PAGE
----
Be the woman that changes everything for someone. Jasmine’s simple, childlike plea reminded me of the urgency of it all.

Whether you have six children or no children, whether you grew up in a home with a mother who loved you or a home without one present–be someone’s rescue, if only for a period of time in their lives.

Be someone’s mom.

Oh, and I promise you–it’s not old fashioned to change the world.

with kids

The day I became an American: A look back to 9/11

It’s been 12 years.

But tears still fill my eyes when I see those towers fall.

I still get goosebumps as firefighters take off their hats and surround memorials.

I still remember. And I was barely 12.

But it was the day I became an American.

Now, don’t get me wrong. I was born a citizen, and for many, many generations my family has lived here in America and each of them probably have different days within their lives that they would consider that pivotal point where they went from citizen to American– the time when they realized they don’t just live here by accident. They weren’t just given this land.

I was walking to the bus stop when my friend from across the street called me over, telling me that planes hit the World Trade Center. At the time, I didn’t even know what those were. But I had a feeling it was bad. I knew that people were probably in those buildings. A knot formed in my stomach right away.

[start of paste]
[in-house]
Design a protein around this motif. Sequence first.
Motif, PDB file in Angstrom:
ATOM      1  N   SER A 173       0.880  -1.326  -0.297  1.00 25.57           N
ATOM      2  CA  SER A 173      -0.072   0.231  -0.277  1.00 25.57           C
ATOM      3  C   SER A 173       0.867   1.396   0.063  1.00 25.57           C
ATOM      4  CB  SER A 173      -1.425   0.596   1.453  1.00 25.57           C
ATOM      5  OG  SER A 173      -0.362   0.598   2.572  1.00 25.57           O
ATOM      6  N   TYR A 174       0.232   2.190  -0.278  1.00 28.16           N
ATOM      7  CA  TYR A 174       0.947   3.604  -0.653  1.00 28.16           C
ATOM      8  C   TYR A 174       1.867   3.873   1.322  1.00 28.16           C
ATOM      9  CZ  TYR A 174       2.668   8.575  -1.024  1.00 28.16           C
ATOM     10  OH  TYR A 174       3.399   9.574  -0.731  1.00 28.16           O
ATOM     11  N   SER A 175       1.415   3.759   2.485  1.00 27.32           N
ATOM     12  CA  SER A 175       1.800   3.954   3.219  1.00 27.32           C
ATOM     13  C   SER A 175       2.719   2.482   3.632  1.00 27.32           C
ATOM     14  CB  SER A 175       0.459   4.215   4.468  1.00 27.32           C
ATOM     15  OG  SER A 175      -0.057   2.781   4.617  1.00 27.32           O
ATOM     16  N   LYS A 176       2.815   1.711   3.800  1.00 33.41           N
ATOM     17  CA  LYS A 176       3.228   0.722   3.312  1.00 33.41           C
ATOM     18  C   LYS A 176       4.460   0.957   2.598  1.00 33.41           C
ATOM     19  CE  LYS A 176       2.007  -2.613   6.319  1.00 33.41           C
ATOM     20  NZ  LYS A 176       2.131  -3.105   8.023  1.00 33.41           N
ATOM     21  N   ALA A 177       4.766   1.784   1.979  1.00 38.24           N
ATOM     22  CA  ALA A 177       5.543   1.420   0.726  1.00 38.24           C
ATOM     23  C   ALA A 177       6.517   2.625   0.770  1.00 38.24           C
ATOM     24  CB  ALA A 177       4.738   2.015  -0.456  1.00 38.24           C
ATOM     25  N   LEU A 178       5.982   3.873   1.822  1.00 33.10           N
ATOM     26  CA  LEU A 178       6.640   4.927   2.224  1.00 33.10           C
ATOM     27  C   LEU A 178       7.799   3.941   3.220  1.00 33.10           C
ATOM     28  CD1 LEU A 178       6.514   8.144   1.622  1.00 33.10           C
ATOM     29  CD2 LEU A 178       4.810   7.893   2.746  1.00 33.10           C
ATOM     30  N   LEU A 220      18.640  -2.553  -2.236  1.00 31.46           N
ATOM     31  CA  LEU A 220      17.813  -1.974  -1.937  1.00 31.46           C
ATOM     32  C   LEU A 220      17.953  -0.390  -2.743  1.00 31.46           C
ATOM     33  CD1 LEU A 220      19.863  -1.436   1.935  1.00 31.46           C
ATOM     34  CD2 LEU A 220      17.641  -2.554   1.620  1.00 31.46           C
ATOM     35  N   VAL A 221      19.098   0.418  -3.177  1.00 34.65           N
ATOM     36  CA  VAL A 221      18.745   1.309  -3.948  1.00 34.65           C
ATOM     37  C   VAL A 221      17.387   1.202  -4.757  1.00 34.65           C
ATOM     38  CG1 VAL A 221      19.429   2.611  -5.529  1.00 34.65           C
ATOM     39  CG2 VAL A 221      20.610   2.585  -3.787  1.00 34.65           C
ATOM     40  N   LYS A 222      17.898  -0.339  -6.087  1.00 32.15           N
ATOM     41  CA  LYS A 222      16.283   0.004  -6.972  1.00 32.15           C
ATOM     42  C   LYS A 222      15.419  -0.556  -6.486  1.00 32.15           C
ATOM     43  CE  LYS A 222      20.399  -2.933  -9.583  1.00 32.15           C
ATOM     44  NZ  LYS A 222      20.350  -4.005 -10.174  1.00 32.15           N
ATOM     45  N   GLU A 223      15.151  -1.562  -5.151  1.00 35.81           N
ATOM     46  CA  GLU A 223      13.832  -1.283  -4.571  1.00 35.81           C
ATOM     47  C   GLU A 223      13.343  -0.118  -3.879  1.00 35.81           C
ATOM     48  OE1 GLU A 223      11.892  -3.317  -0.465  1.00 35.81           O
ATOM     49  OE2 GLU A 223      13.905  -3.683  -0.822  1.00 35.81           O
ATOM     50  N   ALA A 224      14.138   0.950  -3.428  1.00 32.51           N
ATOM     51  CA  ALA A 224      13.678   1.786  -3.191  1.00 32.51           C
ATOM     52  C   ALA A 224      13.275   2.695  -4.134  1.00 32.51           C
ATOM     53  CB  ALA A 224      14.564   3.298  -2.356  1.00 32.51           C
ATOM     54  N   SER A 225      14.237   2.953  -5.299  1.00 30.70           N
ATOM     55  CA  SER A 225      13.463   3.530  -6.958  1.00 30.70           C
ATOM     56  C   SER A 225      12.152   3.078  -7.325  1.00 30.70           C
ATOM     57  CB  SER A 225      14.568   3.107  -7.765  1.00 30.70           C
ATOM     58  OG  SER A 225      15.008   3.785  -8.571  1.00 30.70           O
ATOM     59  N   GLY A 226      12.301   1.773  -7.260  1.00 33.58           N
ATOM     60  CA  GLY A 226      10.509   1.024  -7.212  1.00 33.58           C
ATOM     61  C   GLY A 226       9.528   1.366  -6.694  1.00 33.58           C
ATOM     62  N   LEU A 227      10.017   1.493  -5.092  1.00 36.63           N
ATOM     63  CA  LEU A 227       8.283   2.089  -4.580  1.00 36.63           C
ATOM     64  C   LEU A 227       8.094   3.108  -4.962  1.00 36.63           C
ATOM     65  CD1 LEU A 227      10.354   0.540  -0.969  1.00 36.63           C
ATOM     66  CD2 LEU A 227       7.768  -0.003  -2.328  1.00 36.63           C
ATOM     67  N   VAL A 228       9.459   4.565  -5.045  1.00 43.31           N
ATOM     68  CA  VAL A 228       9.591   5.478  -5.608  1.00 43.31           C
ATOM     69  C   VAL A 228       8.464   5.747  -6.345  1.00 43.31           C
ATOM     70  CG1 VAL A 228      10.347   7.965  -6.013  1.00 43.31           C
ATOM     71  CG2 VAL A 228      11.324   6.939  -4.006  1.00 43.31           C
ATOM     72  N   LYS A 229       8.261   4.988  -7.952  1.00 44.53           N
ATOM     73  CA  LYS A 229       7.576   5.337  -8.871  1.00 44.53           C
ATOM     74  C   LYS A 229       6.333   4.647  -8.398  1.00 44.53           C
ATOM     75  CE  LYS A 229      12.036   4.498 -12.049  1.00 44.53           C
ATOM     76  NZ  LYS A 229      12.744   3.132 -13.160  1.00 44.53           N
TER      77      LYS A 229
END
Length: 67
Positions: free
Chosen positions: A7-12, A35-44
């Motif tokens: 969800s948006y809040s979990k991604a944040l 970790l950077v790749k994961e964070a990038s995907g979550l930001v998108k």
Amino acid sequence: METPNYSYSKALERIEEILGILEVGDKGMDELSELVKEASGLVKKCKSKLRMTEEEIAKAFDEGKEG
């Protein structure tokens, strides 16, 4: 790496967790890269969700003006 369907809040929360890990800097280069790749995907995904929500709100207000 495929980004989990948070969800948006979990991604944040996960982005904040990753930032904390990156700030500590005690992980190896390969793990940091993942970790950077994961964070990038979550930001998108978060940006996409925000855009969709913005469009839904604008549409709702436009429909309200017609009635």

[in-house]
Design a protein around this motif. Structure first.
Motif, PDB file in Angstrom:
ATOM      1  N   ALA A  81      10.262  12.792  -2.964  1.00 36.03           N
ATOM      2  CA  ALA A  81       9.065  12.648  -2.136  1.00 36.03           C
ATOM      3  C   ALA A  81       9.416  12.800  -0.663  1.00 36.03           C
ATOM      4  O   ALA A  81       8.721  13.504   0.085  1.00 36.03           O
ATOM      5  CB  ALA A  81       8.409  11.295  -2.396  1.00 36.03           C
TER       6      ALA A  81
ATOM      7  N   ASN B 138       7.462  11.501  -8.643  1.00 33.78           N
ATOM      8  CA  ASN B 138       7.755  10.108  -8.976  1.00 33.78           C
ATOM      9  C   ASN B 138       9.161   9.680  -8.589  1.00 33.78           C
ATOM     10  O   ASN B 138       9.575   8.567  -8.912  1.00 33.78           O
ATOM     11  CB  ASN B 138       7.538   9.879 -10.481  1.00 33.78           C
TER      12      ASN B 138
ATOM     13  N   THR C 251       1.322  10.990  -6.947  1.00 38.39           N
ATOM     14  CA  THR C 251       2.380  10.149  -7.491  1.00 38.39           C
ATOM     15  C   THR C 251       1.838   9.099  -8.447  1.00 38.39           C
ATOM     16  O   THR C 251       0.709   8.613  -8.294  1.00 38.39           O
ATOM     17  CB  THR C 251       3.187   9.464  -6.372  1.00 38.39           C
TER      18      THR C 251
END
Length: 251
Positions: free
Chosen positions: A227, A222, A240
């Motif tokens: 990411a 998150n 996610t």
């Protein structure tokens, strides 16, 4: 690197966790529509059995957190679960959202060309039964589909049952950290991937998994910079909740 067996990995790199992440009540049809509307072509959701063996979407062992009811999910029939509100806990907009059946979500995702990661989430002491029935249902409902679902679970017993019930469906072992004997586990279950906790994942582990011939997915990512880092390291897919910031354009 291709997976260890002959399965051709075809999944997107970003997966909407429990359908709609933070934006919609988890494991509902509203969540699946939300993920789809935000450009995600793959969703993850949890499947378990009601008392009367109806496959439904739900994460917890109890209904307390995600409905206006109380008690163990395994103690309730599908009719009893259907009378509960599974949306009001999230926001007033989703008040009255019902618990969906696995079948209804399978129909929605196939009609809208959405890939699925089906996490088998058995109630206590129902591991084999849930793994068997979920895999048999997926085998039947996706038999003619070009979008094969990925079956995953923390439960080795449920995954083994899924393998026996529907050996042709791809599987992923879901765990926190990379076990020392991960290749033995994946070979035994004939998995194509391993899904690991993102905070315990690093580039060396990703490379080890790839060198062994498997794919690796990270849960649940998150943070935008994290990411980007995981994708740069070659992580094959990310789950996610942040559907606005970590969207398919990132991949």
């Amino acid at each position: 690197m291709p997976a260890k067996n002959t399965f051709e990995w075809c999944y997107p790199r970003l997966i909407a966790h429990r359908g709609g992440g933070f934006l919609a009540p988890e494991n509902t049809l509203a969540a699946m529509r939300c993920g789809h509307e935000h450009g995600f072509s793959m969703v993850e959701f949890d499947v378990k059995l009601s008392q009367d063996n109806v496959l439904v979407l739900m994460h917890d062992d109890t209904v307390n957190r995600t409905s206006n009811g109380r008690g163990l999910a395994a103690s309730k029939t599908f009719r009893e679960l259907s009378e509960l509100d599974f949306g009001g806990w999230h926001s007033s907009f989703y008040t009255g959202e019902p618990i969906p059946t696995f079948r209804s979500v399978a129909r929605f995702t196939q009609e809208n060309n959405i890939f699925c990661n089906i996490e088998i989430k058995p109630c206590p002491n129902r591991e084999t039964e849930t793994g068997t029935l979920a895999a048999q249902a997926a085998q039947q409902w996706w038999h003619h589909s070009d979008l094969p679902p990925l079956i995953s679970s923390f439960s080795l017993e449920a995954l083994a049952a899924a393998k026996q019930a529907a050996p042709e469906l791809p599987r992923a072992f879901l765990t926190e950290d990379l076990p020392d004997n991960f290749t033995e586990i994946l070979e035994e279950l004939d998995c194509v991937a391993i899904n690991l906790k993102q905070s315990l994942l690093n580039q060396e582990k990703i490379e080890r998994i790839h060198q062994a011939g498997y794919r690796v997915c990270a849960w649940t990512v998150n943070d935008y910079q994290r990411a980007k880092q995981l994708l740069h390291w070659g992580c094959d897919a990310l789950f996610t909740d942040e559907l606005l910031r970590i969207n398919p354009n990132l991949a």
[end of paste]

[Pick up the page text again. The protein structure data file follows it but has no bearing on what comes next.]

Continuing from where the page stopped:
At school they grouped us all in front of little televisions mounted in the corners of every classroom, explaining to us what was happening and giving us time to open up our little journals and write about what we felt. Looking back, I still remember how I didn’t know much about anything involved in that day–I didn’t know about terrorists or the Taliban. Or government affairs. Or foreign relations. I didn’t know much about hate. But suddenly, I did know something. And that was loyalty.

In my journal that day I wrote a poem called “The Flag was still there”. Because that’s all I really knew.

The flag, I noticed, amidst the huddles of people crying out, arms stretched toward a spot of vacant sky once hidden by towers, was still fluttering on a rooftop. The flag on the fire station where hundreds of firefighters had ran for the last time through those doors that day, lunging into crumbing buildings and giving their lives to the flames, was still hanging. The beautiful flag, a symbol even my 12-year-old self knew that represented “home”, was still dotted among those already gone and laid to rest in the cemeteries of fallen soldiers; soldiers that would soon welcome so many lives home that day.


That flag remaining above the debris was my confidence that we’d make it through. I knew that much. And within moments, eyes glued to the television, my heart racing at the horrible sights of planes striking towers, people running in the streets and falling from hundreds of stories high, and news anchors grasping for words amidst their own tears and horror as we all watched together–within moments I became an American. An American so proud to call this place home. An American angry at the lives taken so violently that day. An American who didn’t know much about the country other than the fact that all these people sharing this land with me were Americans too, sharing freedoms together and dreams together. And when the planes hit those people, it hit every single one of us too.


It’s been 12 years, but I still remember that day. And although I know a little more than I did then as I scrawled a poem in my journal, I still think that the most important thing is the little piece of knowledge I held on to as a middle-school kid.

The flag is still there:

Reminding us of what makes us Americans.

Beckoning us to never forget.

APTOPIX Sept 11 America Remembers